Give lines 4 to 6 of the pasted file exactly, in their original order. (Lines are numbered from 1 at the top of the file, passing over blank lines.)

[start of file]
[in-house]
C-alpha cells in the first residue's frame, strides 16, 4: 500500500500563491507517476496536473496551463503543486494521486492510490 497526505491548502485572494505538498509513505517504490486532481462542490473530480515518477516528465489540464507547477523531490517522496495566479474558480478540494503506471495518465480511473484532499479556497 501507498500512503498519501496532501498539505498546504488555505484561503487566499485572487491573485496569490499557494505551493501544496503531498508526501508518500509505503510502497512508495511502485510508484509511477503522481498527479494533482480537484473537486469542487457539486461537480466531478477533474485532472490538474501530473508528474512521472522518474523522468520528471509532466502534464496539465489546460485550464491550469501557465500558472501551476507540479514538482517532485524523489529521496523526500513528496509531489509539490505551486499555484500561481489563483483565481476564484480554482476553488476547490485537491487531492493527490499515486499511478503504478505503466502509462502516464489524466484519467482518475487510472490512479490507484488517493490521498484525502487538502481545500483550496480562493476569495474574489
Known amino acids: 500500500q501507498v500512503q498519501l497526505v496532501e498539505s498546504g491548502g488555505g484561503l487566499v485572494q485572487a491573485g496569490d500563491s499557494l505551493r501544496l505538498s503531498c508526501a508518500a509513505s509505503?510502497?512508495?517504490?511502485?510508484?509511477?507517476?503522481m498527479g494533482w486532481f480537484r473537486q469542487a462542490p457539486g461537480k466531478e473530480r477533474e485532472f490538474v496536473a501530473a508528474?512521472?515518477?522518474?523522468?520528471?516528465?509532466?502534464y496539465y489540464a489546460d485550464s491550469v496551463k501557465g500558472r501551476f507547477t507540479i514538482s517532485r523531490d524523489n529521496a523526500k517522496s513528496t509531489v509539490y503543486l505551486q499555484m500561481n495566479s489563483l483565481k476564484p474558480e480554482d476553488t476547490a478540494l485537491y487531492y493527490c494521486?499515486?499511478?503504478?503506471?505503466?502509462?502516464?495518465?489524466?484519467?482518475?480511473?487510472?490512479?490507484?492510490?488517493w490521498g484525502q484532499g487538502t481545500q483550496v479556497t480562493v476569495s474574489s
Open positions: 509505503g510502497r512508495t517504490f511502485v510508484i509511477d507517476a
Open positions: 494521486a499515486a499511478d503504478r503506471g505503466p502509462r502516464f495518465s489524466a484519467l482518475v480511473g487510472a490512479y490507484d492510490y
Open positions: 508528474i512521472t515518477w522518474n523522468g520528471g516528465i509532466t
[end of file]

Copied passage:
Open positions: 509505503g510502497r512508495t517504490f511502485v510508484i509511477d507517476a
Open positions: 494521486a499515486a499511478d503504478r503506471g505503466p502509462r502516464f495518465s489524466a484519467l482518475v480511473g487510472a490512479y490507484d492510490y
Open positions: 508528474i512521472t515518477w522518474n523522468g520528471g516528465i509532466t